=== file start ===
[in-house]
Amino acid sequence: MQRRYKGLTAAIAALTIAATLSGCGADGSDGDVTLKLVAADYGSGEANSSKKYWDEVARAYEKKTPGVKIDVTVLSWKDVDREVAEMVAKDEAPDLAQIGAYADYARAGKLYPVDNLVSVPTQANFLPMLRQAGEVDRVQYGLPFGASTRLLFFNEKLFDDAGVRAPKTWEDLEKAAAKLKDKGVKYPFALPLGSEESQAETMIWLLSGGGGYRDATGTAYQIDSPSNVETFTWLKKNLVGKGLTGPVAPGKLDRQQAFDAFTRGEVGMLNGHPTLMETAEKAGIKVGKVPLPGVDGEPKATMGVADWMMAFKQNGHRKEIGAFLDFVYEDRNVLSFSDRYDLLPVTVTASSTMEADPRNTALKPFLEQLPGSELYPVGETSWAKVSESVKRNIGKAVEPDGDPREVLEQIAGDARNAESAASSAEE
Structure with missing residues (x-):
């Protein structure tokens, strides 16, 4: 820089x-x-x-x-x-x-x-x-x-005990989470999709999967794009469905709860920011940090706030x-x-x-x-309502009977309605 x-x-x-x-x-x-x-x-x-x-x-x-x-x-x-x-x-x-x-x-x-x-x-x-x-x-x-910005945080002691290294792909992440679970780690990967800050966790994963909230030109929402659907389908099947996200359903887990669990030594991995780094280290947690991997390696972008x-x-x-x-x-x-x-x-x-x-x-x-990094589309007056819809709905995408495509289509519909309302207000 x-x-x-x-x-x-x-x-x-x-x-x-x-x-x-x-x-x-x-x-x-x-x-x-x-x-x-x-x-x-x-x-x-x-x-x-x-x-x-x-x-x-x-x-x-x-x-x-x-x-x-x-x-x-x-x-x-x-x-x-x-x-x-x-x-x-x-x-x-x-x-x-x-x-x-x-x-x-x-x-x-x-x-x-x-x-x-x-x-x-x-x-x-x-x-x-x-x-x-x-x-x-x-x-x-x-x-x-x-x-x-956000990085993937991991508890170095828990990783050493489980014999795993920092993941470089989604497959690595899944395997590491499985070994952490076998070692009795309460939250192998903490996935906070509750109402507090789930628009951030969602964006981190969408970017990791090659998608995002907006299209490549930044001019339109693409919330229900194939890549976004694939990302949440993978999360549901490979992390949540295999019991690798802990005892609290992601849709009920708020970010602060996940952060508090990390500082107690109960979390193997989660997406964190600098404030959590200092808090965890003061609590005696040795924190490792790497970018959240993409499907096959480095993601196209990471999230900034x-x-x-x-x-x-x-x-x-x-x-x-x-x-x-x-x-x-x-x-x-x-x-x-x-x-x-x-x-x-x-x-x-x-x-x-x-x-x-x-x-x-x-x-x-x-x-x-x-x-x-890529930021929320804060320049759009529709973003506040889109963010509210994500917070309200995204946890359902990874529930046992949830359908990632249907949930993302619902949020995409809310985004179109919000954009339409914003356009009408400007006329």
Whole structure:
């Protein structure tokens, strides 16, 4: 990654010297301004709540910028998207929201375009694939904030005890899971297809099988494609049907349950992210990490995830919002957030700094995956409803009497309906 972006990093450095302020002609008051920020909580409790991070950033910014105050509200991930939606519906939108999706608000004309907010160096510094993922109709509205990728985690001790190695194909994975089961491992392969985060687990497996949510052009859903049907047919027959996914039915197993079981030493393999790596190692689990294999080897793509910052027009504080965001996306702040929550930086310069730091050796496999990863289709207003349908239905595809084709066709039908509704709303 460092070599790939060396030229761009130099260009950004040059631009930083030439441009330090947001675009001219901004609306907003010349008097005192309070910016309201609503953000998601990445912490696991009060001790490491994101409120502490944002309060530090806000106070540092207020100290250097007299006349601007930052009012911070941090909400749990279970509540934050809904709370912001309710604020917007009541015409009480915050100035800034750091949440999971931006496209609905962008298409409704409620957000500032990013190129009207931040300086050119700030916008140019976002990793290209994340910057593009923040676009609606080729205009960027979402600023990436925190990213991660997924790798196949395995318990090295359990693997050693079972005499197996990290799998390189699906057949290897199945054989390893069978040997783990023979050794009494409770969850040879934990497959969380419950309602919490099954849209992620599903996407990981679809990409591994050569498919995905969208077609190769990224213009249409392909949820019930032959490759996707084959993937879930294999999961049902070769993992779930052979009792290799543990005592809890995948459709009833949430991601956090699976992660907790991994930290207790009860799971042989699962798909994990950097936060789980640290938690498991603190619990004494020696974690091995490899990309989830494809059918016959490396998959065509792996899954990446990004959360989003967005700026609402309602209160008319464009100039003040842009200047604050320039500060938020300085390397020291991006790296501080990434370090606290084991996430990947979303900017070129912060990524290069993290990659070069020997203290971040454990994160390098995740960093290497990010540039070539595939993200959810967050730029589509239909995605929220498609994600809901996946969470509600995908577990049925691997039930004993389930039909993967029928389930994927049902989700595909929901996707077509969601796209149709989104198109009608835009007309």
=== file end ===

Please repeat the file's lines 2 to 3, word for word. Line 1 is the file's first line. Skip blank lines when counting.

Amino acid sequence: MQRRYKGLTAAIAALTIAATLSGCGADGSDGDVTLKLVAADYGSGEANSSKKYWDEVARAYEKKTPGVKIDVTVLSWKDVDREVAEMVAKDEAPDLAQIGAYADYARAGKLYPVDNLVSVPTQANFLPMLRQAGEVDRVQYGLPFGASTRLLFFNEKLFDDAGVRAPKTWEDLEKAAAKLKDKGVKYPFALPLGSEESQAETMIWLLSGGGGYRDATGTAYQIDSPSNVETFTWLKKNLVGKGLTGPVAPGKLDRQQAFDAFTRGEVGMLNGHPTLMETAEKAGIKVGKVPLPGVDGEPKATMGVADWMMAFKQNGHRKEIGAFLDFVYEDRNVLSFSDRYDLLPVTVTASSTMEADPRNTALKPFLEQLPGSELYPVGETSWAKVSESVKRNIGKAVEPDGDPREVLEQIAGDARNAESAASSAEE
Structure with missing residues (x-):